The Date is important to remind the editor when the tape was shot. When there is more than one camera shooting the same subject, Camera specifies which one was used. It is recommended the camera used to shoot is the same as the one used for importing footage. This minimizes damage to the tape and prevents unforeseen camera/tape incompatibilities. Tape descriptor ties the physical tape name to the log sheet so you may cross-reference and find the tape if you find the need to revisit the tape. Speed tells you the record speed of the tape. Your DV camera may automatically recognize the appropriate playback, but in the event that it cannot, you can manually set the right speed and bypass the problem. Speed also tells you the amount of content available on a given tape. Standard play (SP) typically records 30 minutes less than long play (LP).


Organizing Your Video Project

     Arranging your media now can prevent the headache of retrieving files from scattered directories. It also makes for easy project back up via an external hard drive or a data DVD. The DVD_DST directory will be revisited at a later time in the How-To, but it is where you will store your digital story DVD information that you can mass produce.

  1. Go to your My Documents directory and create a new folder for the project. This project name should help identify the folder in short order. For the remainder of this walk-through we will refer to it as the DST_FOLDER.
  2. Within the DST_FOLDER create sub-directories for:
    • DVD_DST
    • IMAGES
    • MUSIC
    • VIDEO
    • SCRIPT

1) Create DST_FOLDER.

   2) Create media sub‑directories.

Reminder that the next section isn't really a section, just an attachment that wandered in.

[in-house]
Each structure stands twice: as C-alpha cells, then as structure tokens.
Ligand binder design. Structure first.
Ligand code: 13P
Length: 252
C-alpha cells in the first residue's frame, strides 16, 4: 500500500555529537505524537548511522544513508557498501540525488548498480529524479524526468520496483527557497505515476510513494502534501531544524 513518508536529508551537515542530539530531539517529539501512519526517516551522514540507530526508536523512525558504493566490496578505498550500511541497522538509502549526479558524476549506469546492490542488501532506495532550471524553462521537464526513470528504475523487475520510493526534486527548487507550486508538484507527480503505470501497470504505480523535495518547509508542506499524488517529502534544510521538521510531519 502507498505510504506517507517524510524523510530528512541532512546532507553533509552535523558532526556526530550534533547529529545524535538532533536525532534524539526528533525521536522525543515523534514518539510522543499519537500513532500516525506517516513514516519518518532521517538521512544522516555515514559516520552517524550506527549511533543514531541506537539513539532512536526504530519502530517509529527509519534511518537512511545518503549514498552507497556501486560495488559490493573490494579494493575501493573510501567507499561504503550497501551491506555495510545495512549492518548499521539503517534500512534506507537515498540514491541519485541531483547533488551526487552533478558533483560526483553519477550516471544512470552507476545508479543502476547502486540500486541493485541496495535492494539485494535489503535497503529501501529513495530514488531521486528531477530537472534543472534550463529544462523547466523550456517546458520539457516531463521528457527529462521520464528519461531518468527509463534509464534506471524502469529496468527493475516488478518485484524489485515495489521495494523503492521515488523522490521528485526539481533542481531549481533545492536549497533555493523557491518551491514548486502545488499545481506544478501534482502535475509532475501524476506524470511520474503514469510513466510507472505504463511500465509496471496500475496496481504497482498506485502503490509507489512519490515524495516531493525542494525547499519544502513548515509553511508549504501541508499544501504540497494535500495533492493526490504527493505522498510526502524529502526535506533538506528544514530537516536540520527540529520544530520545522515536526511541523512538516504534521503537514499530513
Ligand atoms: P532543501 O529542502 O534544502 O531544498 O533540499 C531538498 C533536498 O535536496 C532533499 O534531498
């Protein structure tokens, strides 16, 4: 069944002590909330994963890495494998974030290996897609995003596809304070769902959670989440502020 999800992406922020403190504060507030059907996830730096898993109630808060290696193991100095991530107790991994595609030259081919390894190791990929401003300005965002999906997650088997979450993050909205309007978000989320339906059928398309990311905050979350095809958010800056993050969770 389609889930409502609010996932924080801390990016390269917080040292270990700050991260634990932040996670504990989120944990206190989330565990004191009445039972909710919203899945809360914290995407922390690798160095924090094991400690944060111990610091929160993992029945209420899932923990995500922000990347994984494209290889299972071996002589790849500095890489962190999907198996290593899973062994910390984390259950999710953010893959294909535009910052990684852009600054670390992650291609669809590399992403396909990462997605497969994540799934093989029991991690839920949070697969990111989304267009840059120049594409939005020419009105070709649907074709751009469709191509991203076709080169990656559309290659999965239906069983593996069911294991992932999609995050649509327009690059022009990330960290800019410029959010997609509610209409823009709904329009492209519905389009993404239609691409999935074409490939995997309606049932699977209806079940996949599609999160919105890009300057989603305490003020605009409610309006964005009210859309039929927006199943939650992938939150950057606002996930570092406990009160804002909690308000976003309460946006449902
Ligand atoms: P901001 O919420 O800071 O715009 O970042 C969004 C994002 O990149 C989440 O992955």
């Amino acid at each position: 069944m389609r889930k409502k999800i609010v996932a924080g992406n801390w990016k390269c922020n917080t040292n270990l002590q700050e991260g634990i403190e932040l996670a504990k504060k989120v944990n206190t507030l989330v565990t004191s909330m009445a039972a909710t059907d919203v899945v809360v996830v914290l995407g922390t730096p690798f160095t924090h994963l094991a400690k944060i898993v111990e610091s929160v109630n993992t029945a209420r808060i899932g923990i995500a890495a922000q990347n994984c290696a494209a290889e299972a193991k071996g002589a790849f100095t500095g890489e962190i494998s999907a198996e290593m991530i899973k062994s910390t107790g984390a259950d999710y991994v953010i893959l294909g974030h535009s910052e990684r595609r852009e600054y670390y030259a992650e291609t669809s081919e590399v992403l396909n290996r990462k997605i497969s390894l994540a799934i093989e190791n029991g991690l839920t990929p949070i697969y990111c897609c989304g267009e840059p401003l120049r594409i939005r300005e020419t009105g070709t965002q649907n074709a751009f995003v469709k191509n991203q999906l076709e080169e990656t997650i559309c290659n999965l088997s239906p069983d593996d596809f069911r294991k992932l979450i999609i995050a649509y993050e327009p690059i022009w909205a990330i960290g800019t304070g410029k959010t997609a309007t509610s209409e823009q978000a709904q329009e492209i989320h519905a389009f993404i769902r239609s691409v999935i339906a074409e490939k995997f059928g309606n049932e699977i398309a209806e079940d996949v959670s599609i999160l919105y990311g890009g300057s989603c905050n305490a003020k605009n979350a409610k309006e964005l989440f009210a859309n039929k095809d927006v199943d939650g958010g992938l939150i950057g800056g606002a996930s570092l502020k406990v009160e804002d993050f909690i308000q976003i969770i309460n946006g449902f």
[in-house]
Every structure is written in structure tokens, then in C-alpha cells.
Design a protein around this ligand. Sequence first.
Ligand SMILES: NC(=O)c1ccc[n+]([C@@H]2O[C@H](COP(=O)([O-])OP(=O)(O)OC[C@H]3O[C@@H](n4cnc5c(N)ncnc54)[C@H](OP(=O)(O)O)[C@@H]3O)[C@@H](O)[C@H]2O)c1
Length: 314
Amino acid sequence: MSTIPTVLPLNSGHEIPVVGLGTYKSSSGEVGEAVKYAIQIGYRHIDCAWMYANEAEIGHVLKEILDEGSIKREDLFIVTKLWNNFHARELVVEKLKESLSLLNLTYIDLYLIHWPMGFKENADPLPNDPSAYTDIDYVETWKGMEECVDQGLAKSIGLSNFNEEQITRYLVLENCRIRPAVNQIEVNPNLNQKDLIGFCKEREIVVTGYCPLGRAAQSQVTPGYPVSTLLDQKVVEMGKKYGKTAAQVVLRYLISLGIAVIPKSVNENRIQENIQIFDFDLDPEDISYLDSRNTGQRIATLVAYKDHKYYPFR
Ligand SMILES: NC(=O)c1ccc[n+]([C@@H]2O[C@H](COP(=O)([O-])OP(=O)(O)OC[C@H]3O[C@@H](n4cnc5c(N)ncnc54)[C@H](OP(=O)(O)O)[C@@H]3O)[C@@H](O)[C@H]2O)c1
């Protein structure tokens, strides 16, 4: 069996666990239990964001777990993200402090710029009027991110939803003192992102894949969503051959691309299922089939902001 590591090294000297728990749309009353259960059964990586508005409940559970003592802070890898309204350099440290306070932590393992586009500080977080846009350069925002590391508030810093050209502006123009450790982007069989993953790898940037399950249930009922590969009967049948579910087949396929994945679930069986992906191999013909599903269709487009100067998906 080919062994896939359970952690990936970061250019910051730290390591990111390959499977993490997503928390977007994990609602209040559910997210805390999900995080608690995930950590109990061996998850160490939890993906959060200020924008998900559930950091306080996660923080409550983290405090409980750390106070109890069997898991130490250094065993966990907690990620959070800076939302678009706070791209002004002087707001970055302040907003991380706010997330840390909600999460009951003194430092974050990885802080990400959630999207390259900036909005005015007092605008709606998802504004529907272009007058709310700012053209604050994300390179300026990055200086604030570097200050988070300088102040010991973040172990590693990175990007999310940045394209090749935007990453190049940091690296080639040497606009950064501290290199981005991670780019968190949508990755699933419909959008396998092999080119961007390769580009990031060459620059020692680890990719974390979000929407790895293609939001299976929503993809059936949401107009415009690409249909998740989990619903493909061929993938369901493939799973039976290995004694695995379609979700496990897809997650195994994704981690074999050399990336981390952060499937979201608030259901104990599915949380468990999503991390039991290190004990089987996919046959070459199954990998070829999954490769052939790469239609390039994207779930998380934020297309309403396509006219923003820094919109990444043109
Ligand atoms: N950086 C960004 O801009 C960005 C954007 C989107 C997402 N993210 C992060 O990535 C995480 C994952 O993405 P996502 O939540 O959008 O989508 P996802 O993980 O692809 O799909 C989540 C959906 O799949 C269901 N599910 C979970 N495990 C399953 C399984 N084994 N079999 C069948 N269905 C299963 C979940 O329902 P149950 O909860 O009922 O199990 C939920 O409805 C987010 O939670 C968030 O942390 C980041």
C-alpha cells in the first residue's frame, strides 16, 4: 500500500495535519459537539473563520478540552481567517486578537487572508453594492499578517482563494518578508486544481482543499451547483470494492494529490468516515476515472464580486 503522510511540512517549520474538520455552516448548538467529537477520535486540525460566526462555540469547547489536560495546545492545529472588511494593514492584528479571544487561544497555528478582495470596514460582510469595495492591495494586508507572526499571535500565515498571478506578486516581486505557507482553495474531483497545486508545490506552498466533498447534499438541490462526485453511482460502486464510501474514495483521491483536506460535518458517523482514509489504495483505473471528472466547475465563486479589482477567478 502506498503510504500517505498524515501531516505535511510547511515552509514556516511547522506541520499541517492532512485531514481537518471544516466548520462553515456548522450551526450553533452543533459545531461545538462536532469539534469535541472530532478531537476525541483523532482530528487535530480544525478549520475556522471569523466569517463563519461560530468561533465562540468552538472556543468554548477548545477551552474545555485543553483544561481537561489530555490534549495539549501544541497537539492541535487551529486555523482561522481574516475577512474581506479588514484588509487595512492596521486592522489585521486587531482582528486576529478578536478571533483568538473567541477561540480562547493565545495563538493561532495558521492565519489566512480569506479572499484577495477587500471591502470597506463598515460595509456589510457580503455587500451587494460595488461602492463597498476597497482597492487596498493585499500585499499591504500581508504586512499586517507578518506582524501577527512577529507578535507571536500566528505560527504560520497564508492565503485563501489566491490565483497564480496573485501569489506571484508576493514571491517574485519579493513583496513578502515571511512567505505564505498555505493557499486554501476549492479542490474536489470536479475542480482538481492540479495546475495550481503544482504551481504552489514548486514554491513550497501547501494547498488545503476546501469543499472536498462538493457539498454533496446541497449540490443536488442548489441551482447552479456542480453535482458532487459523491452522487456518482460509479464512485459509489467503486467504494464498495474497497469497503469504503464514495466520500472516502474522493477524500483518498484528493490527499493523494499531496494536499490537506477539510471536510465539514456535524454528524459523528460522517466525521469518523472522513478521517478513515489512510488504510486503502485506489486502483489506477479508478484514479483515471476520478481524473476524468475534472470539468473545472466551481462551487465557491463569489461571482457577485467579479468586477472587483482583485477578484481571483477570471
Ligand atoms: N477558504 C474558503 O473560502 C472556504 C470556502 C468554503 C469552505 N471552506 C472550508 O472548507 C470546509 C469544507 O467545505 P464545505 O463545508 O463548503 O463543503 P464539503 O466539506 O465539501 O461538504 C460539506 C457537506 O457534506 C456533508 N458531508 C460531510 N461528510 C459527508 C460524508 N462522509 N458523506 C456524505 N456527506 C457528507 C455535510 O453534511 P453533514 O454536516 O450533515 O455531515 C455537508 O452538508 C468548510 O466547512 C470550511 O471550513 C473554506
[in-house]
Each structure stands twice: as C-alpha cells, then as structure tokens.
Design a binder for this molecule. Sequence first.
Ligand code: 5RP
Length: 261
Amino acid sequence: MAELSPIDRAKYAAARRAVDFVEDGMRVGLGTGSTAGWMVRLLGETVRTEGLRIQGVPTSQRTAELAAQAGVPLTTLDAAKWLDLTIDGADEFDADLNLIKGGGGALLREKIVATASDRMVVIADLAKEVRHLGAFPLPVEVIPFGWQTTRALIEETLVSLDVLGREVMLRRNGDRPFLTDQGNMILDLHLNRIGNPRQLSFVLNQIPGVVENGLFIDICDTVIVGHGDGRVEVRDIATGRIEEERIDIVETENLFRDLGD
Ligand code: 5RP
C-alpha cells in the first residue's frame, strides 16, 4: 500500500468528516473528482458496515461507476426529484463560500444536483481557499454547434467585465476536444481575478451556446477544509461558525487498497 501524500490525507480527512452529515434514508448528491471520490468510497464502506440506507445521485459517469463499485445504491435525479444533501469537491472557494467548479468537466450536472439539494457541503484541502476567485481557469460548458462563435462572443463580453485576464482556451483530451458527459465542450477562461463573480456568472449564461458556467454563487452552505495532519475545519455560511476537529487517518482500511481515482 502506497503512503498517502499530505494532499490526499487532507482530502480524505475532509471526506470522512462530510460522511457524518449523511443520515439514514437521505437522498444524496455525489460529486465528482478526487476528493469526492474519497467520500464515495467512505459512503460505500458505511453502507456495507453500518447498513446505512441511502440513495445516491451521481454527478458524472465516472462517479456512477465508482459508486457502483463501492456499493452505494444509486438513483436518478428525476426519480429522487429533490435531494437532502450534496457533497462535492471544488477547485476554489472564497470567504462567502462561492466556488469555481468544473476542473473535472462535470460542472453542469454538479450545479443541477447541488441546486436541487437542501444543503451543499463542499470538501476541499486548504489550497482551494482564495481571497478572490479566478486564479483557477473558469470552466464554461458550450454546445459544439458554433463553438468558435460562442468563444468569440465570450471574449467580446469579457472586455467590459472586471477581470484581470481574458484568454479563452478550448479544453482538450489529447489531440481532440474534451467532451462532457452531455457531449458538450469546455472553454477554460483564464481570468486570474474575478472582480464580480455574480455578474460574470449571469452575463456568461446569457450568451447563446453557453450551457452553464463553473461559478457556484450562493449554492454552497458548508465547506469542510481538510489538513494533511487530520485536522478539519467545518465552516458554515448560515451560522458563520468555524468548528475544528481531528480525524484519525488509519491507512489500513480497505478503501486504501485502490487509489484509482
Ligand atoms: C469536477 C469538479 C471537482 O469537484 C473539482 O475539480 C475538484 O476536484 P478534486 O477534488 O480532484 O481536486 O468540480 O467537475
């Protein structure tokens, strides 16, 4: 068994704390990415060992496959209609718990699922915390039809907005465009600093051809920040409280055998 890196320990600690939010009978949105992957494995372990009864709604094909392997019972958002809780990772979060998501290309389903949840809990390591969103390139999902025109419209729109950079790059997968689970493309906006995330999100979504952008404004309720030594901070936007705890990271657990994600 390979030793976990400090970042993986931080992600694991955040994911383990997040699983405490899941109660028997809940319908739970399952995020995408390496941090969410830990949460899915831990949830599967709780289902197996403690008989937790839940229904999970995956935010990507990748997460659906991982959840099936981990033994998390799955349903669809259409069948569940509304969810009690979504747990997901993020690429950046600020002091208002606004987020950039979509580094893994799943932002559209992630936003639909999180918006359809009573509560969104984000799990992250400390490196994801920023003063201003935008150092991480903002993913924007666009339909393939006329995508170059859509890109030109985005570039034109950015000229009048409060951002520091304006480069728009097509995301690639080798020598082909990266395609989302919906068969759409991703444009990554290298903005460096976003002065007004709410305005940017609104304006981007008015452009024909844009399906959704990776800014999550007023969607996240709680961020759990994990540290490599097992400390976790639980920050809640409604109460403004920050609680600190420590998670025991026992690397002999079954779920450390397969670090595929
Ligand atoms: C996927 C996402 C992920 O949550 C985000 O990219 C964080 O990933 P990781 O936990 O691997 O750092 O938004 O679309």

The SCRIPT folder is where you can place draft documents pertaining to the story development. These documents can include preliminary images you use to storyboard, a list of potential songs for your musical score, or your written narrative. Recall the exercises on writing your digital story. If you do not have word processing software, there is an online document editor available for use.

The online document editor:
Free account setup.

For Items 3-5 make sure to read through Appendix III. A few words on copyright  

3) Images can come from your digital still camera, scanned photos from an album, or the web.  These elements are the portal of your digital story, inspiring emotion and visual interest.  Images have a greater impact when they are original and relevant to the subject of the story.


Royalty free images from:
Be sure to read the license agreement for any conditions attached to the use of the image in a production.

   3) Gather photos and images.



4) Music files come in a variety of formats like .mp3, .wmv, .wav, .aiff.  Try to stay within traditional file formats since these are more likely to play within Vegas.  Musical elements can come from your favorite album, live band recordings, or from royalty-free collections.  The following is an example of a royalty free audio file: Space.mp3 performed by In Succession and downloaded from 15megsoffame.com. 

Royalty-free music:
Their policy allows free downloads for non profits.

4) Rip or download song files.


5) Video content can be stock footage or personal films that can be imported.  Downloading a video clip from the web is outside the scope of this tutorial and is not recommended due to its compressed quality.

5) Organize video clips.

Make sure to select Sony Vegas Movie Studio+DVD.

Directs you to a search engine for creative commons licensed video.


Editing Practice

     You can download the images and compressed versions of the video to follow along with the instructions.  For technical instructions on video editing, go to Appendix VII: Editing and publishing with Sony Vegas Movie Studio+DVD.